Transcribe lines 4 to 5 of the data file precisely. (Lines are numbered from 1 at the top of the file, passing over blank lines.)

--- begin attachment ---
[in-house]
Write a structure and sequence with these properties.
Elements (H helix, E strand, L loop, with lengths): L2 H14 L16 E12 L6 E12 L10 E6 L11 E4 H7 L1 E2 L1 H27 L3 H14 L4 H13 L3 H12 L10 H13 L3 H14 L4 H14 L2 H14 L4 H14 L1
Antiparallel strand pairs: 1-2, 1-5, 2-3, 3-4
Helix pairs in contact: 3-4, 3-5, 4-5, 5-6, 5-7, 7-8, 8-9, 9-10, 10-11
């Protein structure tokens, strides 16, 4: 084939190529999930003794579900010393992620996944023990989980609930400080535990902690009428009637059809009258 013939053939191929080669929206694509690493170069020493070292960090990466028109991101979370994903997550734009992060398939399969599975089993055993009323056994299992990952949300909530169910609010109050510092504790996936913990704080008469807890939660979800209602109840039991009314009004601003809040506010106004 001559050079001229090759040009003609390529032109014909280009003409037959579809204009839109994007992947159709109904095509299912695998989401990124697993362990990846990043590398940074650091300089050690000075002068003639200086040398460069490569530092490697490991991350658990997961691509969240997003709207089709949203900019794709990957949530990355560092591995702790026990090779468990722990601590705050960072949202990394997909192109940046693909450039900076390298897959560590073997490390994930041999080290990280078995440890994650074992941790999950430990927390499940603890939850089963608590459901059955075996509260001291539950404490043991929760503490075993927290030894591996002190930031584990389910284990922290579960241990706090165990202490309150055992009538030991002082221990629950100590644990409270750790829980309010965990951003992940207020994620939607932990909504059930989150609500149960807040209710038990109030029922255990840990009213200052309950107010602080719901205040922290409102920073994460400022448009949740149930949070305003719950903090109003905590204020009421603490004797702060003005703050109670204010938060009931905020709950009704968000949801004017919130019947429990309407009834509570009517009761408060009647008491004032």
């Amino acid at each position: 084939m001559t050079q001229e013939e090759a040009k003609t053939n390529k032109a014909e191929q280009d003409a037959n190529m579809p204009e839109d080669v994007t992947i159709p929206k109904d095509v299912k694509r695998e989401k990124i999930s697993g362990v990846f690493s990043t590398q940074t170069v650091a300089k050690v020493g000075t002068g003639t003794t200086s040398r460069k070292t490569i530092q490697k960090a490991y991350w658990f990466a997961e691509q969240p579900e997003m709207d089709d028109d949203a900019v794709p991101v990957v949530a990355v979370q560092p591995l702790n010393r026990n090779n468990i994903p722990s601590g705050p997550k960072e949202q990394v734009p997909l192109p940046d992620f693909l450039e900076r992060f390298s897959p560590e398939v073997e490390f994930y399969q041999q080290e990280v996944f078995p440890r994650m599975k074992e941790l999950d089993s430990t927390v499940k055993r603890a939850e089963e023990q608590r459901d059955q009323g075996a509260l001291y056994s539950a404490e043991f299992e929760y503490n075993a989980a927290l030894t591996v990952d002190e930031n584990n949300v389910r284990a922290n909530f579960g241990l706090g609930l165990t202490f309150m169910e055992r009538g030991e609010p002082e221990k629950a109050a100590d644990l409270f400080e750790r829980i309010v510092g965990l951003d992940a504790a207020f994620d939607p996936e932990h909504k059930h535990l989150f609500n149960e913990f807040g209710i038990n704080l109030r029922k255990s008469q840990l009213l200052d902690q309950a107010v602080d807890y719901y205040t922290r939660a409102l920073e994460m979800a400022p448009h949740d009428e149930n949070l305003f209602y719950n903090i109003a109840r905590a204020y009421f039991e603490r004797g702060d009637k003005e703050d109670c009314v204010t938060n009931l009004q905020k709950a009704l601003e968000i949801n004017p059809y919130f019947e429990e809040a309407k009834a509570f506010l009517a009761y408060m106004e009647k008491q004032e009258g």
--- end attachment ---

Antiparallel strand pairs: 1-2, 1-5, 2-3, 3-4
Helix pairs in contact: 3-4, 3-5, 4-5, 5-6, 5-7, 7-8, 8-9, 9-10, 10-11